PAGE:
Heart failure patients may benefit from treatment of anemia with erythropoietin

Barcelona, Spain, 30 August: Heart failure patients may benefit from treatment of anaemia similarly to those with chronic kidney disease (CKD) or cancer.

Anaemia is common to many diseases (chronic kidney disease, cancer, chronic heart failure) as well as a consequence of treatment for diseases such as cancer, specifically with chemotherapeutic agents. Anaemia may contribute to lethargy, reduced exercise tolerance and poor quality of life. Therefore, raising haemoglobin (Hb) in anaemic patients has long been thought to be a beneficial therapeutic goal.

In contrast to CKD and cancer, attaining higher Hb targets does not appear to be associated with increased major events in early phase trials. On the other hand, the incremental benefit on exercise tolerance was also not large in these studies. Therefore, we are left with an equipoise situation in the treatment of the anaemia of heart failure, requiring a definitive outcome trial, which is currently occurring (RED-HF).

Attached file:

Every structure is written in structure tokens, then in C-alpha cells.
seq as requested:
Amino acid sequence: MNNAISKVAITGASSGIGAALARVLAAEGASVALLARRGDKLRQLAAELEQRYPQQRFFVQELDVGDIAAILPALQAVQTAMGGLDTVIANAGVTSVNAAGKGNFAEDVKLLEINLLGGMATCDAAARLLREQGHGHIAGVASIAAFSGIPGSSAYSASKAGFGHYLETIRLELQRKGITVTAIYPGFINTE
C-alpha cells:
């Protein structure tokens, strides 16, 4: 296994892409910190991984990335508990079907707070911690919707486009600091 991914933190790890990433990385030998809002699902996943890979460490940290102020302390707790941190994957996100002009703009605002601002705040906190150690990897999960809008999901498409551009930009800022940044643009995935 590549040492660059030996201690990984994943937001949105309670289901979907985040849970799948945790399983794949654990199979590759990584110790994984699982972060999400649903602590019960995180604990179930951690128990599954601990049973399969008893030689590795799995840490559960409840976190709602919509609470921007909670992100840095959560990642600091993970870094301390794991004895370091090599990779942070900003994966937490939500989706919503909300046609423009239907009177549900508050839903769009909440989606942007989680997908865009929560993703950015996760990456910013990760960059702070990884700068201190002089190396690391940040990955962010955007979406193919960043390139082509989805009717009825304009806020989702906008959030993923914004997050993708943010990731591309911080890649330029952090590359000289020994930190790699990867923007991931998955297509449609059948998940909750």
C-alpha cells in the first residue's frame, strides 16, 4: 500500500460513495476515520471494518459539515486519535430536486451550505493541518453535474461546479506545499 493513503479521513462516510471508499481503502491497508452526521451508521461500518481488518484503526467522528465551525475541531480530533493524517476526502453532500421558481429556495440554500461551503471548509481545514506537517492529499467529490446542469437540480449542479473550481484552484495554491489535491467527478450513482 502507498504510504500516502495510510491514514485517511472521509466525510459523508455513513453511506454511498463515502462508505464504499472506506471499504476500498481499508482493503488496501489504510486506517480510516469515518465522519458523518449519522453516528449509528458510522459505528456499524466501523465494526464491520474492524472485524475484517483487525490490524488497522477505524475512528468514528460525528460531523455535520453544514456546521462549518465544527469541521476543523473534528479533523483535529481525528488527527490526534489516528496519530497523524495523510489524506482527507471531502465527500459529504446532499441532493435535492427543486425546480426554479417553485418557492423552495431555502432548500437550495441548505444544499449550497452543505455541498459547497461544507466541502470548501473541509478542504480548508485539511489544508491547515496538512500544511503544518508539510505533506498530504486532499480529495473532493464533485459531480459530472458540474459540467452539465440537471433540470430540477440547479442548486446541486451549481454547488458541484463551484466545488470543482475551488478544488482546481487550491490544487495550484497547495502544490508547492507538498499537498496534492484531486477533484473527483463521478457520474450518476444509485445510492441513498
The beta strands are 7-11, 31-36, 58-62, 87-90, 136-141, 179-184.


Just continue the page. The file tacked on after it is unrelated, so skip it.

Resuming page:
Erythropoietin is an endogenous hormone that raises Hb levels and various synthetic approaches have been developed to allow administration of this agent as a therapeutic. Improvements in patient symptom status and quality-of-life have consistently been observed in the literature with erythropoietin across a number of disease categories. However, a question has arisen as to whether there may be detrimental effects of raising Hb either too fast or to too high a level with these agents. In particular, studies in patients with anaemia of cancer and the treatment of cancer as well as with those in CKD have demonstrated that higher Hb targets are associated with adverse clinical outcomes including death and major cardiovascular events.

Prospective trials are needed to address this issue, by randomising patients to differing Hb targets and looking specifically at cardiovascular events. Such an ongoing large-scale study is TREAT, which is looking at erythropoietin in CKD patients with diabetes.

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